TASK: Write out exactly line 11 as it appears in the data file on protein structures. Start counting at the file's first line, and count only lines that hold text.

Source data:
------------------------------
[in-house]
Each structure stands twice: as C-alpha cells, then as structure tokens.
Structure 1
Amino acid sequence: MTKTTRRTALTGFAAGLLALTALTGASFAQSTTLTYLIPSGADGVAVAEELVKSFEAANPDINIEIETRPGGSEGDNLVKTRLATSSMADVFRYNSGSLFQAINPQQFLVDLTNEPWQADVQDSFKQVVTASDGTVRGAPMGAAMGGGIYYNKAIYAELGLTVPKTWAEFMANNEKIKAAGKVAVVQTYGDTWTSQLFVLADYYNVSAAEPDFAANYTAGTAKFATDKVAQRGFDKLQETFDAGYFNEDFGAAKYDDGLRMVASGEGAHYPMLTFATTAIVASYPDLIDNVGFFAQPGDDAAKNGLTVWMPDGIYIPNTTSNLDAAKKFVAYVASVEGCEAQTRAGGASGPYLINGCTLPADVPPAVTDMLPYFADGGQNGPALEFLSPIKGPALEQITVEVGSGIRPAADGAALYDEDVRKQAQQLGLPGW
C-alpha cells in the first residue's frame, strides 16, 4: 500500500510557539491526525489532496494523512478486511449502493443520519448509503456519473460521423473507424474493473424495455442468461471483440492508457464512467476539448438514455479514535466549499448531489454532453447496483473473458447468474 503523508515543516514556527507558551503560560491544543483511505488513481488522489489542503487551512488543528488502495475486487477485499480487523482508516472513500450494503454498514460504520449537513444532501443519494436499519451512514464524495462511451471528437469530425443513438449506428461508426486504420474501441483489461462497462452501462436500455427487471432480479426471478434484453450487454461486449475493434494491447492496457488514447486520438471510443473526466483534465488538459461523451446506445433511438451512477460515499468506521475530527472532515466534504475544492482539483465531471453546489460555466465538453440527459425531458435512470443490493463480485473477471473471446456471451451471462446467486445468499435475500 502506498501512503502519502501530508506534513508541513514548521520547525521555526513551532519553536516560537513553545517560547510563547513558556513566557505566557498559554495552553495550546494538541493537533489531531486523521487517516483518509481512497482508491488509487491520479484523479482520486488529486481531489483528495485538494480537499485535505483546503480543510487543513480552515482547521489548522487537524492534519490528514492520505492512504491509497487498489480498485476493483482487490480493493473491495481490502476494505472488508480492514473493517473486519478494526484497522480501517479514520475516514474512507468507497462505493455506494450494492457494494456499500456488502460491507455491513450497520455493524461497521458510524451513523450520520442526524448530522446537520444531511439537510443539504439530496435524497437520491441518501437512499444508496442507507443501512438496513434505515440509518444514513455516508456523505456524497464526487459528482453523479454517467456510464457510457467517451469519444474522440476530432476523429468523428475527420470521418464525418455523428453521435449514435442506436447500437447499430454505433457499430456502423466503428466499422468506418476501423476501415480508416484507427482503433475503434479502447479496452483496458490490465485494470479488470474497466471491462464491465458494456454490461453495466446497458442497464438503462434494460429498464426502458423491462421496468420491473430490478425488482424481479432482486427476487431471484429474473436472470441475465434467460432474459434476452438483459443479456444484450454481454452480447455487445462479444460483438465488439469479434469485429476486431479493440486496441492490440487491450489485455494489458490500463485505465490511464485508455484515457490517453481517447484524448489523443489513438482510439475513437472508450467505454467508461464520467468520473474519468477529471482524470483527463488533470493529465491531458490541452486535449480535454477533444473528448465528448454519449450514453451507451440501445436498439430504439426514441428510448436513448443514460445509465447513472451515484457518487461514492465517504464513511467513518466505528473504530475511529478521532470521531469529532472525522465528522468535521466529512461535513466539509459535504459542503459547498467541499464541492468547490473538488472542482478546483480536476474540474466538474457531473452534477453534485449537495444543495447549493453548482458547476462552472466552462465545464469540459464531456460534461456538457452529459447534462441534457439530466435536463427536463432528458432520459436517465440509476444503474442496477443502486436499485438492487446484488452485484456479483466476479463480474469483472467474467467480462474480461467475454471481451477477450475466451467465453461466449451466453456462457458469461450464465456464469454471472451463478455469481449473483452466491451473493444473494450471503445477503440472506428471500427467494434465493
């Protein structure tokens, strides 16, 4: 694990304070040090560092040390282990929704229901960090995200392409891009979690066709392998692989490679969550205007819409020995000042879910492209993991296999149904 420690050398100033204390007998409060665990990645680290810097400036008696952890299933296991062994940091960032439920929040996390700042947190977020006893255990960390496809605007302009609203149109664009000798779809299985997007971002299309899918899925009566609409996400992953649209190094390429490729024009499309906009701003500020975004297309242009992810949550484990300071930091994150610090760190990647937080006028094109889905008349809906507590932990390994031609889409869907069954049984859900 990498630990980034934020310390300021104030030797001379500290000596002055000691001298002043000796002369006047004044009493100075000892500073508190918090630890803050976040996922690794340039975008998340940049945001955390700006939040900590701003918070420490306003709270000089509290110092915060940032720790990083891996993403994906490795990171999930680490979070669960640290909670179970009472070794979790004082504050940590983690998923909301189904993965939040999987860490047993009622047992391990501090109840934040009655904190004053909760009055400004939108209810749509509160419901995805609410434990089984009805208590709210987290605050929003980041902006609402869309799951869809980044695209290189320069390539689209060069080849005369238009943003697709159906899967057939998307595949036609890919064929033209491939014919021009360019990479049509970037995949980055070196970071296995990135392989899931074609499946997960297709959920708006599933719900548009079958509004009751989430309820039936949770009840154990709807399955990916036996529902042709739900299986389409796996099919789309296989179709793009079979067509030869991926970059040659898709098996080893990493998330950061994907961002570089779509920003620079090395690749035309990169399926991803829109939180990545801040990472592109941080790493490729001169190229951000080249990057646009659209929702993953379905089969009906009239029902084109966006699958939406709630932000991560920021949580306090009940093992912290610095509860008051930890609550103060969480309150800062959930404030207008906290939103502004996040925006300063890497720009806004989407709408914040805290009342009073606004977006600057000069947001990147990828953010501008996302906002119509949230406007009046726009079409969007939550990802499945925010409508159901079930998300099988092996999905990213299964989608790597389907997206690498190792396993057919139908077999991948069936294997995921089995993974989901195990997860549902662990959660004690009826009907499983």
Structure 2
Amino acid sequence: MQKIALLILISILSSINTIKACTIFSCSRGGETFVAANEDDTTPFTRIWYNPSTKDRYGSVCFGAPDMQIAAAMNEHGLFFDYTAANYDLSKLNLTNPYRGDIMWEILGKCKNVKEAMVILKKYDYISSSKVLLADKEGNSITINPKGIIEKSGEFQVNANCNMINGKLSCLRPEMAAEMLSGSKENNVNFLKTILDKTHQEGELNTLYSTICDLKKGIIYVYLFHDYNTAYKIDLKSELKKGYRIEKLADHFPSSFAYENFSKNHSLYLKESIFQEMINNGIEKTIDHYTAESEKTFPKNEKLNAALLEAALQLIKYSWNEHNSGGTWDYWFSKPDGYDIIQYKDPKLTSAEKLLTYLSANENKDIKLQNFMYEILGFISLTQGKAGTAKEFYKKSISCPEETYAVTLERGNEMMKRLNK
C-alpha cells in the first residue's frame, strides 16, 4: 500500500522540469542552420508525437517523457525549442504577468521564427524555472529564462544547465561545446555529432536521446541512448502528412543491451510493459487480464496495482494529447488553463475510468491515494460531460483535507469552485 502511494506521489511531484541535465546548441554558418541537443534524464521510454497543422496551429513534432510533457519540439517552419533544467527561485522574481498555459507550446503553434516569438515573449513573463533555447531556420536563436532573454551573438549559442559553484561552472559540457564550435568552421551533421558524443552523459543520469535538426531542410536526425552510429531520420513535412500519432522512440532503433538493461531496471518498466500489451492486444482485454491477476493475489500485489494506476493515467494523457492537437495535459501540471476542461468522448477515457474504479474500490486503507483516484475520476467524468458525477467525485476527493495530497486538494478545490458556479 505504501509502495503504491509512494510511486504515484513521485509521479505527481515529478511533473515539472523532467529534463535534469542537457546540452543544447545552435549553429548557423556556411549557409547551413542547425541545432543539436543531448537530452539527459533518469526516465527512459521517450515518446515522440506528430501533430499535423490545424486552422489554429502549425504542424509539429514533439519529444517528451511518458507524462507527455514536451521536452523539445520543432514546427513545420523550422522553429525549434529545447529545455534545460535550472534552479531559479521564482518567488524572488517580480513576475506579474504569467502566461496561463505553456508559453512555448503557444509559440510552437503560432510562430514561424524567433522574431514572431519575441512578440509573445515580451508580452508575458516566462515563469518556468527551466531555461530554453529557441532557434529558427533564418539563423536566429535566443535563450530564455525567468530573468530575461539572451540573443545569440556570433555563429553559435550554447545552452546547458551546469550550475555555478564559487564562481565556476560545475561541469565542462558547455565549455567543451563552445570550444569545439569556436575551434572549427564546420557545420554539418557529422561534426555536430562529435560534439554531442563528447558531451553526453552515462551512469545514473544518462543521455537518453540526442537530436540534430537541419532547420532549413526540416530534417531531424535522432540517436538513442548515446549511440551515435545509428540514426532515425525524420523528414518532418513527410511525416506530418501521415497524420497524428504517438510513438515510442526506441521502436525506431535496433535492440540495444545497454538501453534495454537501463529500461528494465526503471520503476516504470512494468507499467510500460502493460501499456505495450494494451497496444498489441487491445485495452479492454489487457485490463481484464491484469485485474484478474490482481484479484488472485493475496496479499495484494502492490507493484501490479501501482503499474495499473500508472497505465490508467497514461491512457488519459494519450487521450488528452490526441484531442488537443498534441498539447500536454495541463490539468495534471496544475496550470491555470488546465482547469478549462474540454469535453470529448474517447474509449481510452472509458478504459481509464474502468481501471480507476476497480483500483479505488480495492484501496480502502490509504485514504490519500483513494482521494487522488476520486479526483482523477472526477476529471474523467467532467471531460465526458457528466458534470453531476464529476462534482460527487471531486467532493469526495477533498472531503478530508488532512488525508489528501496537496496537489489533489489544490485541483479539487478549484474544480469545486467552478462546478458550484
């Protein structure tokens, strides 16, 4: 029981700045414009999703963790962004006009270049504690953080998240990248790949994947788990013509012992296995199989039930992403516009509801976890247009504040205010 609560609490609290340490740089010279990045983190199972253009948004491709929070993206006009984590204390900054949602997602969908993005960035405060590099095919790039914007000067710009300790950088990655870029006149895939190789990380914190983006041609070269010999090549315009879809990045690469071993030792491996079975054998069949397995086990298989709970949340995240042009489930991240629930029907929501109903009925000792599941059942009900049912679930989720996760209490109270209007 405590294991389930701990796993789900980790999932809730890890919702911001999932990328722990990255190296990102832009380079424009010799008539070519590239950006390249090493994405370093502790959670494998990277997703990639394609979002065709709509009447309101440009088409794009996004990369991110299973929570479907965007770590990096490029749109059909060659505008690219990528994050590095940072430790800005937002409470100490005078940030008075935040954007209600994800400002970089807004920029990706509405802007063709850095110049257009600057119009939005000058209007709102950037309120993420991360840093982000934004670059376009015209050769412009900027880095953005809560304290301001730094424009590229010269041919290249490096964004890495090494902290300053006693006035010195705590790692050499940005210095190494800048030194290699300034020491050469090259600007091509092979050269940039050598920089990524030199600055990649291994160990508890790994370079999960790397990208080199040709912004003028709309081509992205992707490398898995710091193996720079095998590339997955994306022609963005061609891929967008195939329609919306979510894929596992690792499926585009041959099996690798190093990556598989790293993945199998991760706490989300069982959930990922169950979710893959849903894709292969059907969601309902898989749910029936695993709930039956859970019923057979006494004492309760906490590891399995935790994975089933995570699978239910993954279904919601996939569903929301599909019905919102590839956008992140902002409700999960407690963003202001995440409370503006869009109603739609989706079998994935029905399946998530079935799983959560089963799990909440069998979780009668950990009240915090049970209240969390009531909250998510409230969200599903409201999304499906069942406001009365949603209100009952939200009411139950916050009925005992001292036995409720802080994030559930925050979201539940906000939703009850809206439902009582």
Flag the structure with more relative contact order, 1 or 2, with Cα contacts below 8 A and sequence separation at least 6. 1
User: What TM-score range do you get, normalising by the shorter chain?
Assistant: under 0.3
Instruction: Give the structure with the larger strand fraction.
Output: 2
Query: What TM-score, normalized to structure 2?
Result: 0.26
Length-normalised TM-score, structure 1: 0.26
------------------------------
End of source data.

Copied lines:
Flag the structure with more relative contact order, 1 or 2, with Cα contacts below 8 A and sequence separation at least 6. 1